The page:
New Windows 10 Start menu has been shown – and it can be tested now

Windows 10 Start menu redesign
(Image credit: Microsoft)

Windows 10 has witnessed the release of a new preview build which showcases a big change that we’ve heard about previously; namely a new look for the Start menu, alongside some other tweaks like altering the way Alt-Tabbing works in certain cases.

Windows 10 build 20161 has been released to testers in the ‘dev channel’ (the new name for the fast ring), although these new features won’t come to every Windows Insider straightaway, and it’ll be a gradual rollout with only a small number of testers involved at first – so you may have to wait a little while to see this in your preview build.

Windows 10 Start menu redesign

(Image credit: Microsoft)

The centerpiece here is the new Start menu which has previously been teased, and as you can see from the images Microsoft provided, it’s not a massive change initially – although more work is doubtless in the pipeline – but it does make the interface look cleaner and more uniform.

Live tiles have been altered so they aren’t such a hotchpotch of different colors, and they now all carry the same color background for a uniform appearance which matches whether you’re running a light or dark theme (in the blog post describing the changes, Microsoft notes that you can apply an accent color if you wish).

Windows 10 Start menu redesign

(Image credit: Microsoft)

The backgrounds of the icons on the Start menu’s app list have also been removed for a cleaner overall look. The changes are good, we think, and previous feedback online has been positive about them too, but as we already mentioned, there’s likely further work to be done – and it will be interesting to see exactly what else Microsoft has planned.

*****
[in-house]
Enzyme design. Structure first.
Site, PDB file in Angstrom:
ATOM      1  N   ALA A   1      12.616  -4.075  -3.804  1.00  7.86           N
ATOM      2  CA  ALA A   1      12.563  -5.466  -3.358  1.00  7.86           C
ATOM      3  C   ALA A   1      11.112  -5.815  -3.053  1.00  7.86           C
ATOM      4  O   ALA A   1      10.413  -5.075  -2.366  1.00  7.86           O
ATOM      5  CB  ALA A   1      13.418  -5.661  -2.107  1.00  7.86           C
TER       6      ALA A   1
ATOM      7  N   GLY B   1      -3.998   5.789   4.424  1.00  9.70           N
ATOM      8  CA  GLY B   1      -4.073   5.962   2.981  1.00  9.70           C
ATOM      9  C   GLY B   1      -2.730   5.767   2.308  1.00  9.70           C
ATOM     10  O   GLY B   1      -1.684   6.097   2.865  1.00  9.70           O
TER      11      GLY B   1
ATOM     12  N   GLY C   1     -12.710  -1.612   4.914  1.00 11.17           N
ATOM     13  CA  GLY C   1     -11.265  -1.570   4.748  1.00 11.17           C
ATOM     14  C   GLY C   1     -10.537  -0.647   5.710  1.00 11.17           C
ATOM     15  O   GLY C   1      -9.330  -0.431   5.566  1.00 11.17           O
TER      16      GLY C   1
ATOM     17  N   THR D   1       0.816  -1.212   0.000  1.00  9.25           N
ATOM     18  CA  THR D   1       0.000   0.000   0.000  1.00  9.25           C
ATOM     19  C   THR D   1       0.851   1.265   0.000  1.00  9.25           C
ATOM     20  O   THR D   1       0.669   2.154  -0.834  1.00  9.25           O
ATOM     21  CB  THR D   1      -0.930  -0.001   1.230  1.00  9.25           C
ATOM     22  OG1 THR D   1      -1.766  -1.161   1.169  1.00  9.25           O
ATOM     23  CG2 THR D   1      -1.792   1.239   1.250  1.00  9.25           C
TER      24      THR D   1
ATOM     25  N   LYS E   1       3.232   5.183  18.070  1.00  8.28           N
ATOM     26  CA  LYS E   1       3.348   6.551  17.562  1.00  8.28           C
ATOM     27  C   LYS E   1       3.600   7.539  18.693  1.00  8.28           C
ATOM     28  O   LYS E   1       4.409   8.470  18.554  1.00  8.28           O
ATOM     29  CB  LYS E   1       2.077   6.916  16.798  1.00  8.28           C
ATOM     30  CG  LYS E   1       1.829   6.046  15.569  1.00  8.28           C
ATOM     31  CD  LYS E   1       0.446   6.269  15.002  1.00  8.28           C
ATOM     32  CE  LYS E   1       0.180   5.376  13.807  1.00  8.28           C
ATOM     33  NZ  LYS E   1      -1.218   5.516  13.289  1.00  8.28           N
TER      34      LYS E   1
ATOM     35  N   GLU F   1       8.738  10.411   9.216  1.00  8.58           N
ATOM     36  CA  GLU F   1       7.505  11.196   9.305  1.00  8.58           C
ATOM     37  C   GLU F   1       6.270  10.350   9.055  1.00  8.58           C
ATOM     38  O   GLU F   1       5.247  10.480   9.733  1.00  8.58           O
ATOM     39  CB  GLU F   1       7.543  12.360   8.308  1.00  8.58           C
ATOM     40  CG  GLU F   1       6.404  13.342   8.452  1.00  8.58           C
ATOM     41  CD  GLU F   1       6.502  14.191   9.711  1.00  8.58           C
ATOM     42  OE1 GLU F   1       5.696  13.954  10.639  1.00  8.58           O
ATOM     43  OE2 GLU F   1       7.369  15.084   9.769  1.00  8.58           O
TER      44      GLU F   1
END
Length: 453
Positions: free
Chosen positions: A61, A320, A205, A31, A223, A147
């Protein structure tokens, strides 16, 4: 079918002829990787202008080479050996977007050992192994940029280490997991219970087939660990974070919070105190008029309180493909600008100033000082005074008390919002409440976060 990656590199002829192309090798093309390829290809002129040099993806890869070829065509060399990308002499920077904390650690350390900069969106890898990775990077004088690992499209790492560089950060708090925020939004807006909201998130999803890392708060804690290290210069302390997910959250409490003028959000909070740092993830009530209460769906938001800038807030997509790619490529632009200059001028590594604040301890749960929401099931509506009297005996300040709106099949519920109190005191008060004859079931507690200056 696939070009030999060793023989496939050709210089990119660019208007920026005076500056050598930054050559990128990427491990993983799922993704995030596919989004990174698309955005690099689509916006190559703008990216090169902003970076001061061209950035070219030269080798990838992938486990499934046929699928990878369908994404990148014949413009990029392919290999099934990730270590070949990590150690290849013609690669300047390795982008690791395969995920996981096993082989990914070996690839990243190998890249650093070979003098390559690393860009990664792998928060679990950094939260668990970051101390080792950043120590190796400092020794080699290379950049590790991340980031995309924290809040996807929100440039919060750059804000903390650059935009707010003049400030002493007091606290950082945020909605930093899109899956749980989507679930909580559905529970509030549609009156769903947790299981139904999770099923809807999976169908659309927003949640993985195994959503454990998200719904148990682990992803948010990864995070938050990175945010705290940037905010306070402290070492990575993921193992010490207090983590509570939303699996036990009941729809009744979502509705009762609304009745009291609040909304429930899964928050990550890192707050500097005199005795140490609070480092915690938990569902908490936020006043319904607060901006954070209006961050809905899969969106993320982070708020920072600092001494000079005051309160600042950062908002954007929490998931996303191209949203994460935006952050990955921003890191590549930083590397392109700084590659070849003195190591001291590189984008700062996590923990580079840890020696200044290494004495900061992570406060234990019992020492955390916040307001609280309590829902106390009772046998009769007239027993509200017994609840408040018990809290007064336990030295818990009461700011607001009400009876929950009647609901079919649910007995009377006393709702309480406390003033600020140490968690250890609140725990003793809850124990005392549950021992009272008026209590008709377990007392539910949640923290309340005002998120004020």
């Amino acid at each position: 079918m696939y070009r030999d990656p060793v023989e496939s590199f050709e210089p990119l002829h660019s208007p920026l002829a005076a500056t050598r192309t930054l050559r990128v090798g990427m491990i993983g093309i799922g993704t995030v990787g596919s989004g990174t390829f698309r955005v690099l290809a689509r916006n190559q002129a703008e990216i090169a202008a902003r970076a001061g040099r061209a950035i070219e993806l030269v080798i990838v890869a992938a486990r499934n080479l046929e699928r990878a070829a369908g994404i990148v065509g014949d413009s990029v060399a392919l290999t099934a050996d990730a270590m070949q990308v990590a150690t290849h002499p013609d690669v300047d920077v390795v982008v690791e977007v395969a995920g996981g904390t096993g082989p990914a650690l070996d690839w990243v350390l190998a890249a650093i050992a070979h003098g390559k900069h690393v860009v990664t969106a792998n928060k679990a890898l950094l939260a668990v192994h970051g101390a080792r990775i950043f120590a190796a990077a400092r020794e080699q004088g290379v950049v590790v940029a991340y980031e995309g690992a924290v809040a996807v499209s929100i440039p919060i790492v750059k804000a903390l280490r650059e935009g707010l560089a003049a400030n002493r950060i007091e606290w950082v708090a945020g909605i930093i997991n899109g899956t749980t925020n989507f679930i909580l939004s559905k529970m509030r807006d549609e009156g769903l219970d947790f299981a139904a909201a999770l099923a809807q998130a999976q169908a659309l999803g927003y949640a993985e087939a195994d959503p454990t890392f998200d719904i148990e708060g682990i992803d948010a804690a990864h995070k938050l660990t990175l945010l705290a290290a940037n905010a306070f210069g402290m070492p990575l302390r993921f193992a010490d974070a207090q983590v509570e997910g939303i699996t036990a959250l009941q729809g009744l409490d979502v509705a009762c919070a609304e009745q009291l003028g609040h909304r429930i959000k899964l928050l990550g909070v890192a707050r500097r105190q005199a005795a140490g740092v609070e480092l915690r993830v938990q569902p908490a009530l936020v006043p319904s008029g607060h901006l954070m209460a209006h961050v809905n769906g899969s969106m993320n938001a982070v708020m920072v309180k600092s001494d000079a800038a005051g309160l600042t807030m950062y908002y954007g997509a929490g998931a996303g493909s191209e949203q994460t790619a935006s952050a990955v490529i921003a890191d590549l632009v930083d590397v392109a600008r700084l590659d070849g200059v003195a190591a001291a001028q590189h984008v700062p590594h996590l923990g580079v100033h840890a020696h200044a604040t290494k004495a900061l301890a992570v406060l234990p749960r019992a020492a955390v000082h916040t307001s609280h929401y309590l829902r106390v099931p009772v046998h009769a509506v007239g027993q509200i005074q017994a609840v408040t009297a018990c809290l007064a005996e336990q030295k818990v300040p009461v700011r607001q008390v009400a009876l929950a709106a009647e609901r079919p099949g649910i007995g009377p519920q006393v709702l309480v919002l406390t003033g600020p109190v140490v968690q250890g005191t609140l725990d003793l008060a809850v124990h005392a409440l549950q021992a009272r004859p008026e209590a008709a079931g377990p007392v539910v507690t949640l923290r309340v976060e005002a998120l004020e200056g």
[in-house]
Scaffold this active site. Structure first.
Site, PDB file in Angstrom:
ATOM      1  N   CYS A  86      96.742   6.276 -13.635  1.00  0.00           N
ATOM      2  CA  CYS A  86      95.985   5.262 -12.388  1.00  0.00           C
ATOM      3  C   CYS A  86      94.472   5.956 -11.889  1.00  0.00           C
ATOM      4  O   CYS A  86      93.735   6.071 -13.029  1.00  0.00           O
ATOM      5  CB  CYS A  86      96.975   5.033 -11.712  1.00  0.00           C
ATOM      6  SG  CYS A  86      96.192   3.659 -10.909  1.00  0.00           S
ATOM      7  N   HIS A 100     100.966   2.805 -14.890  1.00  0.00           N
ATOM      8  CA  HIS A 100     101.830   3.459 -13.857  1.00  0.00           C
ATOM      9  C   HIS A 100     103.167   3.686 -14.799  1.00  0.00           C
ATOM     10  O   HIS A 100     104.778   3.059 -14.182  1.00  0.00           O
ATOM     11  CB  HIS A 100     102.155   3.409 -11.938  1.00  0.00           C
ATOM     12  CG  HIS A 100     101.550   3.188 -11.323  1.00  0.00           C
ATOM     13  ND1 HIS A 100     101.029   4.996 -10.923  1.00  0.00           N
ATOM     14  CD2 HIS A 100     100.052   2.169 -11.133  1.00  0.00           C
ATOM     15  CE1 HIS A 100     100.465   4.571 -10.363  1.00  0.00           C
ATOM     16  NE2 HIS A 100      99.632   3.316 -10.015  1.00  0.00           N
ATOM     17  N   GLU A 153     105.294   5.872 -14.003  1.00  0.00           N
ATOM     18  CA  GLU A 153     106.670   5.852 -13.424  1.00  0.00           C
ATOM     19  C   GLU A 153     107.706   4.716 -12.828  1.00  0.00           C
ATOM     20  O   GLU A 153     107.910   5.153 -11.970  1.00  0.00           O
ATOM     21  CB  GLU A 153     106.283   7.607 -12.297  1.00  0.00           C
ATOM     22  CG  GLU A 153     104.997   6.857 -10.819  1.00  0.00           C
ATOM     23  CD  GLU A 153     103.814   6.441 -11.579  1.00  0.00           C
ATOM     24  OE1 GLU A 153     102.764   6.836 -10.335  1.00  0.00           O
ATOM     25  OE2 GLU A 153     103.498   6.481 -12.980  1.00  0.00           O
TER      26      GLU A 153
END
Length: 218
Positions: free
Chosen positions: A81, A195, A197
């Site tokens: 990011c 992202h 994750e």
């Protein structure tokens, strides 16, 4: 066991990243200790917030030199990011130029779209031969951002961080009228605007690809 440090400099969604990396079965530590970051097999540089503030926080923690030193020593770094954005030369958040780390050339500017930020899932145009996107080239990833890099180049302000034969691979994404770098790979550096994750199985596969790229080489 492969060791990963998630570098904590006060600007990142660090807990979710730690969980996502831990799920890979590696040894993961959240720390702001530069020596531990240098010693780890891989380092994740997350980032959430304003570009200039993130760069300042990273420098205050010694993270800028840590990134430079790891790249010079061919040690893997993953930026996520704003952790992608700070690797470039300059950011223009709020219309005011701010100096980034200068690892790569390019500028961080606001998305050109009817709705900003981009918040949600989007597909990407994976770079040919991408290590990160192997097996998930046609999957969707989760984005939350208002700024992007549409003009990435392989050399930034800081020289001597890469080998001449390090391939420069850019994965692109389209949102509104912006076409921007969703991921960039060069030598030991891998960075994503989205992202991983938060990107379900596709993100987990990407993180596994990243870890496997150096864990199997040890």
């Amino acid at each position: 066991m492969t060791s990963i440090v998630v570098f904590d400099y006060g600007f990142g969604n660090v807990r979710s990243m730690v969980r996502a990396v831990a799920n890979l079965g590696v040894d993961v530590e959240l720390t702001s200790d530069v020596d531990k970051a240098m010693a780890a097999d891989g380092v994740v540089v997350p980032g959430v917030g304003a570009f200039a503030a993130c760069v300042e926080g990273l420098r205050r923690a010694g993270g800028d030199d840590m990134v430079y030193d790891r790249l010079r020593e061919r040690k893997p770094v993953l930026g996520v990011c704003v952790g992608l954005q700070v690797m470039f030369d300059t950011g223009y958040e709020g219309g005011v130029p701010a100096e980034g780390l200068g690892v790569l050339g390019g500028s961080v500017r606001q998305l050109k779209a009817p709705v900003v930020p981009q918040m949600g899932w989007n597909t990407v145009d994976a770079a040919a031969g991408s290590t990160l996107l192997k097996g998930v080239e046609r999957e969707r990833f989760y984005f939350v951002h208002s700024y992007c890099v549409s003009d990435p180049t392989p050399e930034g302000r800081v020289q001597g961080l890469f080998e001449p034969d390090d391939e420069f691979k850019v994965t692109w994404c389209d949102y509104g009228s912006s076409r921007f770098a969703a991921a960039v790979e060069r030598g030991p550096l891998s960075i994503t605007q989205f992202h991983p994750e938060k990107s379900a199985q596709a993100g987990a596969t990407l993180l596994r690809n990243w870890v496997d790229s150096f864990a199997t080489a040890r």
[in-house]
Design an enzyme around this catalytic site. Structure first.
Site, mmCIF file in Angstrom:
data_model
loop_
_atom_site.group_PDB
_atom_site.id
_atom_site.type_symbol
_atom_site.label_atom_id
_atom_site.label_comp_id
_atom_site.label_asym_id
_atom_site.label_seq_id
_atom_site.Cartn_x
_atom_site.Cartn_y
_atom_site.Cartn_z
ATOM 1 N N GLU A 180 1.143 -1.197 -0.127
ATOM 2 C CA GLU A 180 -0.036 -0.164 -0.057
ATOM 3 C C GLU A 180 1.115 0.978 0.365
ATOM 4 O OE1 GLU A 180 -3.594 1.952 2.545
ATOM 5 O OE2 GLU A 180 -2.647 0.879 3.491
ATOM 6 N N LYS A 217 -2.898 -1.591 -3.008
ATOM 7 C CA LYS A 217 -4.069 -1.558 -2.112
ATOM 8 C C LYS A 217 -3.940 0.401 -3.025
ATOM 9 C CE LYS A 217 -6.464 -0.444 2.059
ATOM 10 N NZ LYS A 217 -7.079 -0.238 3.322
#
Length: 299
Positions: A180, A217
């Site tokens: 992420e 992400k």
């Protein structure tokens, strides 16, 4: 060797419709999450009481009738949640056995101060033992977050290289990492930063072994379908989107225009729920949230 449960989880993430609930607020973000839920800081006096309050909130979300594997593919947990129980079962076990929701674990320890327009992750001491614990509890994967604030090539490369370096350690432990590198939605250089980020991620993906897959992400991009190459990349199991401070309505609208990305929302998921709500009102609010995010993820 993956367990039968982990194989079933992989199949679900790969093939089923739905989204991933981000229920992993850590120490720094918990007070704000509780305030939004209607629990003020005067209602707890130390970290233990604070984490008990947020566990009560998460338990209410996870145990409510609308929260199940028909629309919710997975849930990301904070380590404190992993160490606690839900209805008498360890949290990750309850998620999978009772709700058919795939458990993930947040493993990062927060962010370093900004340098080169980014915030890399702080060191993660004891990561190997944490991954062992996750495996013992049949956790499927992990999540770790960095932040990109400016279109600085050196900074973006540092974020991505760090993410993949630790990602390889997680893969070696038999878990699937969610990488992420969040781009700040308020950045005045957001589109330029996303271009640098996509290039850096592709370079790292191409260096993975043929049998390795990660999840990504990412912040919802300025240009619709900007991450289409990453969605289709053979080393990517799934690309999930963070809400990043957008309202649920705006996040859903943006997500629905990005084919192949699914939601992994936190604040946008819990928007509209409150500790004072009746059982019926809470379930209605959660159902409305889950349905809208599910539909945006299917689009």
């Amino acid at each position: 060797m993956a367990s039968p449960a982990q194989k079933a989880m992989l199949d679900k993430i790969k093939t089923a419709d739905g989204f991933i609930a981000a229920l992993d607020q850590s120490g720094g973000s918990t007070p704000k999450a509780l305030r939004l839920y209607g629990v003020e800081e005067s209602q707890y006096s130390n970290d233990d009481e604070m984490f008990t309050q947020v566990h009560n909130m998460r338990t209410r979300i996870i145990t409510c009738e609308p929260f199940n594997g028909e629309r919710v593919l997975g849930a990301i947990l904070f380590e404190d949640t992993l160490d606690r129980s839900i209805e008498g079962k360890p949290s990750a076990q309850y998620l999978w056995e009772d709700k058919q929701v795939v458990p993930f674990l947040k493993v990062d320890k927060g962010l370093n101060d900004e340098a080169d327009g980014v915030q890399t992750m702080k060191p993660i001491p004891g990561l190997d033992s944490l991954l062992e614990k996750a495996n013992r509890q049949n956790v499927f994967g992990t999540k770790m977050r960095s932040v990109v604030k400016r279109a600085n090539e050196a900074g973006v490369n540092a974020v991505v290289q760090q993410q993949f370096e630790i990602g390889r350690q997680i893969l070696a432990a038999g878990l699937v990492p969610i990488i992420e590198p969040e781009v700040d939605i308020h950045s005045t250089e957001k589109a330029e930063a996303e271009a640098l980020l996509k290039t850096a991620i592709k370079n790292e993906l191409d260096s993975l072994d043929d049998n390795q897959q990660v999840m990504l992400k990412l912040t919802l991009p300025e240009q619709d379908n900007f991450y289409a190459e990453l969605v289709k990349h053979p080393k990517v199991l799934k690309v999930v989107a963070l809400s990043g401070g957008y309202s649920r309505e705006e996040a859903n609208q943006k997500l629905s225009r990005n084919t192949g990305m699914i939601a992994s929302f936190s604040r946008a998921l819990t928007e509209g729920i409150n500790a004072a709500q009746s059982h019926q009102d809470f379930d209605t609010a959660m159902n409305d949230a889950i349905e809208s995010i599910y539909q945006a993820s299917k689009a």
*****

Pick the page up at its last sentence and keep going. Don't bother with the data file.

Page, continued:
Note that the new Start menu in build 20161 isn’t tied to any particular version of Windows 10; as Microsoft clarifies, this is a build from its Active Development Branch.

In other words, we don’t know when or with which update we’ll witness the debut of the new Start menu, but the smart money is on H1 2021 (given that the update due for later in 2020 is a minor one with no big introductions, just like the November 2019 Update was at the end of last year).

Tabs aplenty

Build 20161 also changes the way Alt-Tab works, the function which allows you to quickly switch between the windows you have open, but the tweak only relates to Microsoft Edge.

Instead of an Edge window being considered one task for switching purposes, now each tab open in Edge is displayed separately and can be Alt-Tabbed between; so if you’ve got a few tabs open, you’ll easily be able to switch between them using Alt-Tab.

If you have a lot of tabs open, mind, then things will doubtless become rather cluttered and confusing – but fortunately, Microsoft has included the option to turn this feature off (or limit the amount of tabs displayed when Alt-Tabbing).

Like the Start menu, this functionality is also only rolling out to a small subset of testers initially, so again you may not see it straightaway. Further note that you need to be running the Dev or Canary build of Microsoft Edge to be able to use this, as well as preview build 20161.

Microsoft promises that more ‘productivity enhancements’ will be coming to Edge, so that sounds like we can expect the browser to be further pushed within Windows 10, which is no great surprise. Remember that Microsoft is currently in the midst of a wide-reaching campaign to persuade folks to switch their browser to Edge, with all manner of ads popping up here and there, including with Windows 10 search (and Microsoft is frankly running the risk of this getting pretty annoying).

Anyhow, a few other more minor changes arrived with build 20161. They include a more personalized taskbar for those setting up Windows 10 using their Microsoft account, whereby the OS will, for example, put the Your Phone app on the taskbar by default for those who have a linked Android smartphone.

Notifications have also been tweaked to show the relevant app icon along the top, along with an ‘x’ icon top-right to make dismissing the notification an easy process.

Darren is a freelancer writing news and features for TechRadar (and occasionally T3) across a broad range of computing topics including CPUs, GPUs, various other hardware, VPNs, antivirus and more. He has written about tech for the best part of three decades, and writes books in his spare time (his debut novel - 'I Know What You Did Last Supper' - was published by Hachette UK in 2013).